"The microprobe allows us to image and map out the chemical heterogeneity in a sample in two dimensions at the micrometer scale, less than half the length of an average-sized bacterial cell," Zega said. "The SEM can do the same thing, although not quite the same level of precision. Both can image and give us compositional information at the microscale, and both are critical in analysis of the sample from Bennu, for example, because that level of information will tell us where in the sample we might want to probe further using NanoSIMS or TEM."

The NanoSIMS instrument measures the chemical elements in a sample, which is important for understanding the origins of the material. Unlike the SEM or microprobe, the NanoSIMS can reveal the isotopic composition of a sample. Isotopes are different varieties of chemical elements.

"The isotopic composition of a planetary material can tell us something about its origins and history that the elemental information alone may not," Zega said. "The NanoSIMS also lets us measure trace elements, which are present in extremely small amounts, at the scale of tens of a nanometer."

The transmission electron microscope operates at the smallest scales, allowing scientists in Zega's lab to see individual atoms.

In 2021, Zega's team used the tool, combined with quantum mechanics, chemical thermodynamics and astrophysical modeling, to reconstruct the origin journey of a dust grain through the nascent solar system.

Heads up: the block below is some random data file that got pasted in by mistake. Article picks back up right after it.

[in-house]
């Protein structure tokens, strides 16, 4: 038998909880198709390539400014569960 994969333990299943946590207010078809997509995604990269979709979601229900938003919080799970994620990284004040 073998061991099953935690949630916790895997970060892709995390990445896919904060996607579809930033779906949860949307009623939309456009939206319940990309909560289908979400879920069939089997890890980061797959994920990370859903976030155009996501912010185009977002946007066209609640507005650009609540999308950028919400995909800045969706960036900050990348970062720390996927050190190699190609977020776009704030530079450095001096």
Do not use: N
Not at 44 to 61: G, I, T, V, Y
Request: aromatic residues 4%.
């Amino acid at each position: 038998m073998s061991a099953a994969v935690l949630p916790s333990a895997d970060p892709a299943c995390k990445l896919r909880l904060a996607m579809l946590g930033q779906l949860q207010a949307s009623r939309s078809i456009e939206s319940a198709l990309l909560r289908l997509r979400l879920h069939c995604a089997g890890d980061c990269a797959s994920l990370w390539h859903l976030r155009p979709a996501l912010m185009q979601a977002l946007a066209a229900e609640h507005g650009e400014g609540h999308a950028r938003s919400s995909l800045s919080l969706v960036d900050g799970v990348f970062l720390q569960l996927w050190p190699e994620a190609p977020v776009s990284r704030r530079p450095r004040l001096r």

"Because humans were not around 4.6 billion years ago to witness all of this chemistry happening, we have to examine the leftovers and reverse engineer their origins," Zega said. "That is what these sophisticated analytical tools enable us to do."

Decades in the making

"Our meteoric record is incomplete," Zega said. "Those of us who study meteorites are at the mercy of what falls from the sky; we don't know exactly where they come from, so we try and piece it together."

In the early 2010s, Mike Drake, who served as OSIRIS-REx principal investigator until his passing in 2011, and Lauretta, the mission's current principal investigator, realized that the university needed to build up capabilities in sample science if it was going to take on the mission, according to Zega.

"These guys were visionaries; they knew that we needed a sample return mission, and that was a major catalyst for building out the facility," Zega said. "Since then, we have made an effort to hire the right faculty to lead the lab. This is the culmination of 20 years of that effort."